34:726. PMID: 12776227

PLOS ONE | DOI:10.1371/journal.pone.0123230 April 29, 2015

9 / 11

Corpus Callosum after Perinatal Asphyxia


Alderliesten T, de Vries LS, Benders MJ, Koopman C, Groenendaal F. MR imaging and outcome of
term neonates with perinatal asphyxia: value of diffusion-weighted MR imaging and (1)H MR spectroscopy. Radiology. 2011; 261:23542. doi: 10.1148/radiol.11110213 PMID: 21828190


Rutherford M, Counsell S, Allsop J, Boardman J, Kapellou O, Larkman D, et al. Diffusion-weighted

magnetic resonance imaging in term perinatal brain injury: a comparison with site of lesion and time
from birth. Pediatrics. 2004; 114:100414. PMID: 15466098


Bednarek N, Mathur A, Inder T, Wilkinson J, Neil J, Shimony J. Impact of therapeutic hypothermia on

MRI diffusion changes in neonatal encephalopathy. Neurology. 2012; 78:14207. doi: 10.1212/WNL.
0b013e318253d589 PMID: 22517107


Cowan F, Rutherford M, Groenendaal F, Eken P, Mercuri E, Bydder GM, et al. Origin and timing of
brain lesions in term infants with neonatal encephalopathy. Lancet. 2003; 361:73642. PMID:


Van Rooij LG, Toet MC, van Huffelen AC, Groenendaal F, Laan W, Zecic A, et al. Effect of treatment of
subclinical neonatal seizures detected with aEEG: randomized, controlled trial. Pediatrics. 2010; 125:
e358e66. doi: 10.1542/peds.2009-0136 PMID: 20100767


Harteman JC, Nikkels PGJ, Benders MJNL, Kwee A, Groenendaal F, de Vries LS. Placental pathology
in full-term infants with Neonatal Hypoxic-Ischemic Encephalopathy: association with MRI pattern of
brain injury. J Pediatr. 2013; 163:96895. doi: 10.1016/j.jpeds.2013.06.010 PMID: 23891350


Griffiths R. The Abilities of Young Children. A Comprehensive System of Mental Measurement for the
First Eight Years of Life. London: The Test Agency Ltd.; 1984.


Rosenbaum P, Paneth N, Leviton A, Goldstein M, Bax M, Damiano D, et al. A report: the definition and
classification of cerebral palsy April 2006. Dev Med Child Neurol Suppl. 2007; 109:814. PMID:


Palisano R, Rosenbaum P, Walter S, Russell D, Wood E, Galuppi B. Development and reliability of a

system to classify gross motor function in children with cerebral palsy. Dev Med Child Neurol. 1997;
39:21423. PMID: 9183258


Jacobs SE, Berg M, Hunt R, Tarnow-Mordi WO, Inder TE, Davis PG. Cooling for newborns with hypoxic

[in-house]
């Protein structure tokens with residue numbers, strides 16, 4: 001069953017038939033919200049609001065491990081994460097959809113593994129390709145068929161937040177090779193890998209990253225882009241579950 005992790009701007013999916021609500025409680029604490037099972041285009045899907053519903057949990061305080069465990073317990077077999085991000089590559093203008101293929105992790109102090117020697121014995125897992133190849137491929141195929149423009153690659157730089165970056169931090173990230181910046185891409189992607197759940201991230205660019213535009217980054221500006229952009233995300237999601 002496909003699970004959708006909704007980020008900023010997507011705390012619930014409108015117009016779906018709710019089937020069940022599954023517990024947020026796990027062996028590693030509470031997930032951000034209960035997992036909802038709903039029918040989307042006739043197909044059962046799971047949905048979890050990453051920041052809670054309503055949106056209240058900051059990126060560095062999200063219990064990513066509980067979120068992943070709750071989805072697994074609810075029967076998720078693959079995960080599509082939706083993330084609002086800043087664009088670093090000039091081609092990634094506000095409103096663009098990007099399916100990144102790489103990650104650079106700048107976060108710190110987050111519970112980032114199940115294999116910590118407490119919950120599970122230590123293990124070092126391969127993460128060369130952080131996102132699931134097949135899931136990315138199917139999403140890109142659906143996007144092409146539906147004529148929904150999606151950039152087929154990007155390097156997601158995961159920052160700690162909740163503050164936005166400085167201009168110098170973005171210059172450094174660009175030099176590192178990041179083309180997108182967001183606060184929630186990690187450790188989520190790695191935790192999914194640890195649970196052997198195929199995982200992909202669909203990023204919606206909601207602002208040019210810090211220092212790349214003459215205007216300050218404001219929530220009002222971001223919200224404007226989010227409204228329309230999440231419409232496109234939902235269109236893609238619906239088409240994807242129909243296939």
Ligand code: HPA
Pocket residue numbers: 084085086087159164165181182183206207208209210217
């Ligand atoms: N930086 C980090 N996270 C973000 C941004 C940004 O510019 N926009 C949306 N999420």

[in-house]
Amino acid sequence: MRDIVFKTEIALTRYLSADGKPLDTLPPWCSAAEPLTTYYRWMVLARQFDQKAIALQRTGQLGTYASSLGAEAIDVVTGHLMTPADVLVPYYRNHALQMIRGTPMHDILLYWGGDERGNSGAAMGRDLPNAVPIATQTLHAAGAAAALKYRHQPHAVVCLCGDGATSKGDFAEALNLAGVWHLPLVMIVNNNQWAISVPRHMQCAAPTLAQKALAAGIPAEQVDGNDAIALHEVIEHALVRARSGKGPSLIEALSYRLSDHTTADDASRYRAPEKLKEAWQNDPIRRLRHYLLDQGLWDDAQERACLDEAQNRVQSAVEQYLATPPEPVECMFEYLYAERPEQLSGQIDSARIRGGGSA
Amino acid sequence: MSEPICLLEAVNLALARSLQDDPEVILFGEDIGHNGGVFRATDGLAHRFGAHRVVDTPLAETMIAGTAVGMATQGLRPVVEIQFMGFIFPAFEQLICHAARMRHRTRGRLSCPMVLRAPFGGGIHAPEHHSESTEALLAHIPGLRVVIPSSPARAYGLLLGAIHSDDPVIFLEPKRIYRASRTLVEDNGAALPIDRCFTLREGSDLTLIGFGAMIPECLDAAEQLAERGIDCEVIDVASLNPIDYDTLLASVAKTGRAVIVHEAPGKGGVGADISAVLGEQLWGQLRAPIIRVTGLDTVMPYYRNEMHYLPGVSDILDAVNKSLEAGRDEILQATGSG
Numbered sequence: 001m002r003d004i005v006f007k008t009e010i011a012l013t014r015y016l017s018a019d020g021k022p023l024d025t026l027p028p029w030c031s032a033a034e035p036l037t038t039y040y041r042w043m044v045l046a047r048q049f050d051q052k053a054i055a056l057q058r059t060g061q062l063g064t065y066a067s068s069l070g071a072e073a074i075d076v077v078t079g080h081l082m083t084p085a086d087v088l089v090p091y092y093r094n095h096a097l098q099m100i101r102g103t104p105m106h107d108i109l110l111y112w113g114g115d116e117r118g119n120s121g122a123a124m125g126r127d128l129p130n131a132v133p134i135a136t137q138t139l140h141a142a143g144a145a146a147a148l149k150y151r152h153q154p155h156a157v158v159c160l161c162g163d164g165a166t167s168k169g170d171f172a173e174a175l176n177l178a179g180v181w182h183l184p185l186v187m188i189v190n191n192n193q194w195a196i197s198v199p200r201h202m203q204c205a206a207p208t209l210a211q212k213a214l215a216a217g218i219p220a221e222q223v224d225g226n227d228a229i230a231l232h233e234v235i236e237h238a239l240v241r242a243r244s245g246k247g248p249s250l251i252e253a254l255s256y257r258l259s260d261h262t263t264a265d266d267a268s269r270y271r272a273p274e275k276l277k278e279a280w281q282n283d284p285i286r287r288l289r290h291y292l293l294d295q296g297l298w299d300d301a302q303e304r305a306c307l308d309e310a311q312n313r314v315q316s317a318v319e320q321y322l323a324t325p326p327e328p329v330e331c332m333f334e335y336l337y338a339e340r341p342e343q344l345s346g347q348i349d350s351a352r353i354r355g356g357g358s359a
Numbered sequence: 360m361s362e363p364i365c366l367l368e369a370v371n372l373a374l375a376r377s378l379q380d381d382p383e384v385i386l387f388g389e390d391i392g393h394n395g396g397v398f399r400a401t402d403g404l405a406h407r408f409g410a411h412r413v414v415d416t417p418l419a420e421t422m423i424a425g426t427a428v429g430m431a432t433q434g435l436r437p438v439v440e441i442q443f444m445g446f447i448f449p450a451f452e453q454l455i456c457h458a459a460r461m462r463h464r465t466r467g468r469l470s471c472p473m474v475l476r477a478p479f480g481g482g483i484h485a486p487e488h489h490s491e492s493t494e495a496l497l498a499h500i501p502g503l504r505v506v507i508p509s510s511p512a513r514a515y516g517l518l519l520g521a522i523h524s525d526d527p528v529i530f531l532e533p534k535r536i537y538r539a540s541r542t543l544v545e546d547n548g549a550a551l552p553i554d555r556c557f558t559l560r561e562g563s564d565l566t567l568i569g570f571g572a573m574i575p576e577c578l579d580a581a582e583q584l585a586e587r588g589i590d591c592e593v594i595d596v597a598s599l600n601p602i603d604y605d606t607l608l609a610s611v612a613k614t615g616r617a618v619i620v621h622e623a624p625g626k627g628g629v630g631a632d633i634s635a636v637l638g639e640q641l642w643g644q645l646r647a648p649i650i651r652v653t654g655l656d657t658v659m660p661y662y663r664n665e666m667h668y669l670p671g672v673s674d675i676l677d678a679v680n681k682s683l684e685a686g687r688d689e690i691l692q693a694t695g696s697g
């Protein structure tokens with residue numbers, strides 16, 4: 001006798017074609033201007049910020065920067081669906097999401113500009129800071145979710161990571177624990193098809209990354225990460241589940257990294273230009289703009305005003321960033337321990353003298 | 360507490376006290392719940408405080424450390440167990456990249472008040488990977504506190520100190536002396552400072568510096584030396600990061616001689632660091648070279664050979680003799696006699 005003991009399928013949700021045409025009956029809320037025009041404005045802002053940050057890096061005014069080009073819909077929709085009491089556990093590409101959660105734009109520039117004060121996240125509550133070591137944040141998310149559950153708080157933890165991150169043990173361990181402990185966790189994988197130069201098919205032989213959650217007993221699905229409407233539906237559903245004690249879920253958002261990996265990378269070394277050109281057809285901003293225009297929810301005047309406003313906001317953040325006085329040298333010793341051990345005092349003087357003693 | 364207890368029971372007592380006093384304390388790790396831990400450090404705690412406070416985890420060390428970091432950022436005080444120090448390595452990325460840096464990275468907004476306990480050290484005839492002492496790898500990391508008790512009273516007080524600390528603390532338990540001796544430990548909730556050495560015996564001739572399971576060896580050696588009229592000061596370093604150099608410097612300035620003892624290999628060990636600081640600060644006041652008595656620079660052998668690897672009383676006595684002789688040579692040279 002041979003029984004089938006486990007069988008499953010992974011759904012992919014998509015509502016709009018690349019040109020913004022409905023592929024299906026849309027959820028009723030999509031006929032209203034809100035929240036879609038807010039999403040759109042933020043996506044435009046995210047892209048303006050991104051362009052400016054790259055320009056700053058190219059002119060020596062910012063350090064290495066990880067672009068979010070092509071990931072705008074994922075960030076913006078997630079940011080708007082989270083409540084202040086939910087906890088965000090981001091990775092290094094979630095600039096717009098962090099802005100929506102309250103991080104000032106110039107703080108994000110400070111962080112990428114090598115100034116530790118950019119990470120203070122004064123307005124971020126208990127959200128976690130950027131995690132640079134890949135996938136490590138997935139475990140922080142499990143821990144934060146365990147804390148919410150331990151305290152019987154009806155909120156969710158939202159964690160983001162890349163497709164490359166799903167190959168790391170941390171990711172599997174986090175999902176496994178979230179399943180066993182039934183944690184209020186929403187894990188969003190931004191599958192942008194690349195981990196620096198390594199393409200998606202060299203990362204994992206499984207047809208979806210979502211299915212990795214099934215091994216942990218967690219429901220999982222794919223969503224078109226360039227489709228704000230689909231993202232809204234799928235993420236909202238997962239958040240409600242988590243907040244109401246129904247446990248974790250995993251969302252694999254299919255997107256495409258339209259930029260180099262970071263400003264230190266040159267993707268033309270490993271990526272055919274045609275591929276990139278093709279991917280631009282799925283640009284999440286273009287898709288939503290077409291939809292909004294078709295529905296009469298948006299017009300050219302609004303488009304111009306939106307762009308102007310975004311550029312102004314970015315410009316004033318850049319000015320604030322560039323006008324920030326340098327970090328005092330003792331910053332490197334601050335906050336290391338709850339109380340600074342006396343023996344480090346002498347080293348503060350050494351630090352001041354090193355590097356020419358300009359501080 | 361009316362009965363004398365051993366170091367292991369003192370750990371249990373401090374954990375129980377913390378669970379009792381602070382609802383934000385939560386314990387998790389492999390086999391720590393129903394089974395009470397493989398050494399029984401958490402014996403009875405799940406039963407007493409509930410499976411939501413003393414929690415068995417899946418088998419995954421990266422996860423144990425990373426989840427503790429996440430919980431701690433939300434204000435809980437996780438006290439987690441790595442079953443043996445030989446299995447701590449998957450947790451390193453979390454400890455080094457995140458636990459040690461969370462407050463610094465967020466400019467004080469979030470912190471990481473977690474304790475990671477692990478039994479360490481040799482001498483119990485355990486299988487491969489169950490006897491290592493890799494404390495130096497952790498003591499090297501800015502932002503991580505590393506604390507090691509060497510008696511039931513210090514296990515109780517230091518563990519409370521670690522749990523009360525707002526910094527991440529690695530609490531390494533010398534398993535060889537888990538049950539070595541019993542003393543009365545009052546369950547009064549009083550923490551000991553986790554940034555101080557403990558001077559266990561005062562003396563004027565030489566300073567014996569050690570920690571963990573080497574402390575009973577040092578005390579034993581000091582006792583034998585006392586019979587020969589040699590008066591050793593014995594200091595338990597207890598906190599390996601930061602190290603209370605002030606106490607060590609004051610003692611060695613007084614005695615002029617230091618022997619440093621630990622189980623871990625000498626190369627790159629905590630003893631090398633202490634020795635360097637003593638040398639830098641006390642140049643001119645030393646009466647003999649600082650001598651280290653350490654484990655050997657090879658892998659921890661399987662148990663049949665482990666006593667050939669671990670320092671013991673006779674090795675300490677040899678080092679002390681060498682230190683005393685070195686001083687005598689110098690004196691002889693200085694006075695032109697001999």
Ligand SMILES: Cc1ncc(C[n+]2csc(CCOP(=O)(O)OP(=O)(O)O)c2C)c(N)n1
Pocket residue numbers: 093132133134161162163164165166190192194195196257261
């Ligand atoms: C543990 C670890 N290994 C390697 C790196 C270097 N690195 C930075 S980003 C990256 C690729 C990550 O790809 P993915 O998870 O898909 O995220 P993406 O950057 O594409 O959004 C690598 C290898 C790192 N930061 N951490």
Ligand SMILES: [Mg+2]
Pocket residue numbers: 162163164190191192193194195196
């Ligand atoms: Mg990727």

ischaemic encephalopathy. Cochrane Database Syst Rev. 2013; 1:CD003311. doi: 10.1002/
14651858.CD003311.pub3 PMID: 23440789


Mazumdar A, Mukherjee P, Miller JH, Malde H, McKinstry RC. Diffusion-weighted imaging of acute corticospinal tract injury preceding Wallerian degeneration in the maturing human brain. AJNR Am J Neuroradiol. 2003; 24:105766. PMID: 12812927


Groenendaal F, Benders MJ, de Vries LS. Pre-wallerian degeneration in the neonatal brain following
perinatal cerebral hypoxia-ischemia demonstrated with MRI. Semin Perinatol. 2006; 30:14650. PMID:


Ancora G, Testa C, Grandi S, Tonon C, Sbravati F, Savini S, et al. Prognostic value of brain proton MR
spectroscopy and diffusion tensor imaging in newborns with hypoxic-ischemic encephalopathy treated
by brain cooling. Neuroradiology. 2013; 55:101725. doi: 10.1007/s00234-013-1202-5 PMID: 23703033


Twomey E, Twomey A, Ryan S, Murphy J, Donoghue VB. MR imaging of term infants with hypoxicischaemic encephalopathy as a predictor of neurodevelopmental outcome and late MRI appearances.
Pediatr Radiol. 2010; 40:152635. doi: 10.1007/s00247-010-1692-9 PMID: 20512322


Dudink J, Larkman DJ, Kapellou O, Boardman JP, Allsop JM, Cowan FM, et al. High b-value diffusion
tensor imaging of the neonatal brain at 3T. AJNR Am J Neuroradiol. 2008; 29:196672. doi: 10.3174/
ajnr.A1241 PMID: 18687746


Sakai K, Sakamoto R, Okada T, Sugimoto N, Togashi K. DWI based thermometry: the effects of
b-values, resolutions, signal-to-noise ratio, and magnet strength. Conf Proc IEEE Eng Med Biol Soc.
2012; 2012:22913. doi: 10.1109/EMBC.2012.6346420 PMID: 23366381


Rutherford M, Ramenghi LA, Edwards AD, Brocklehurst P, Halliday H, Levene M, et al. Assessment of
brain tissue injury after moderate hypothermia in neonates with hypoxic-ischaemic encephalopathy: a
nested substudy of a randomised controlled trial. Lancet Neurol. 2010; 9:3945. doi: 10.1016/S14744422(09)70295-9 PMID: 19896902


Shankaran S, Barnes PD, Hintz SR, Laptook AR, Zaterka-Baxter KM, McDonald SA, et al. Brain injury
following trial of hypothermia for neonatal hypoxic-ischaemic encephalopathy. ArchDisChild Fetal Neonatal Ed. 2012; 97:F398F404.


Njiokiktjien C, de Sonneville L, Vaal J. Callosal size in children with learning disabilities. Behav Brain
Res. 1994; 64:2138. PMID: 7530964


Rademakers RP, van der Knaap MS, Verbeeten B Jr., Barth PG, Valk J. Central cortico-subcortical involvement: a distinct pattern of brain damage caused by perinatal and postnatal asphyxia in term infants. J Comput Assist Tomogr. 1995; 19:25663. PMID: 7890852

PLOS ONE | DOI:10.1371/journal.pone.0123230 April 29, 2015

10 / 11

Corpus Callosum after Perinatal Asphyxia


Kohlhauser C, Mosgoller W, Hoger H, Lubec B. Myelination deficits in brain of rats following perinatal
asphyxia. Life Sci. 2000; 67:235568. PMID: 11065182


Tekgul H, Serdaroglu G, Yalman O, Tutuncuoglu S. Prognostic correlative values of the late-infancy

MRI pattern in term infants with perinatal asphyxia. Pediatr Neurol. 2004; 31:3541. PMID: 15246490


Porter EJ, Counsell SJ, Edwards AD, Allsop J, Azzopardi D. Tract-based spatial statistics of magnetic
resonance images to assess disease and treatment effects in perinatal asphyxial encephalopathy.
Pediatr Res. 2010; 68:2059. doi: 10.1203/00006450-201011001-00399 PMID: 20520585


Eken P, Jansen GH, Groenendaal F, Rademaker KJ, de Vries LS. Intracranial lesions in the fullterm infant with hypoxic ischaemic encephalopathy: ultrasound and autopsy correlation. Neuropediatrics.
1994; 25:3017. PMID: 7770127


van der Aa NE, Benders MJ, Vincken KL, Groenendaal F, de Vries LS. The course of apparent diffusion
coefficient values following perinatal arterial ischemic stroke. PLoSOne. 2013; 8:e56784. doi: 10.1371/
journal.pone.0056784 PMID: 23457613

PLOS ONE | DOI:10.1371/journal.pone.0123230 April 29, 2015

11 / 11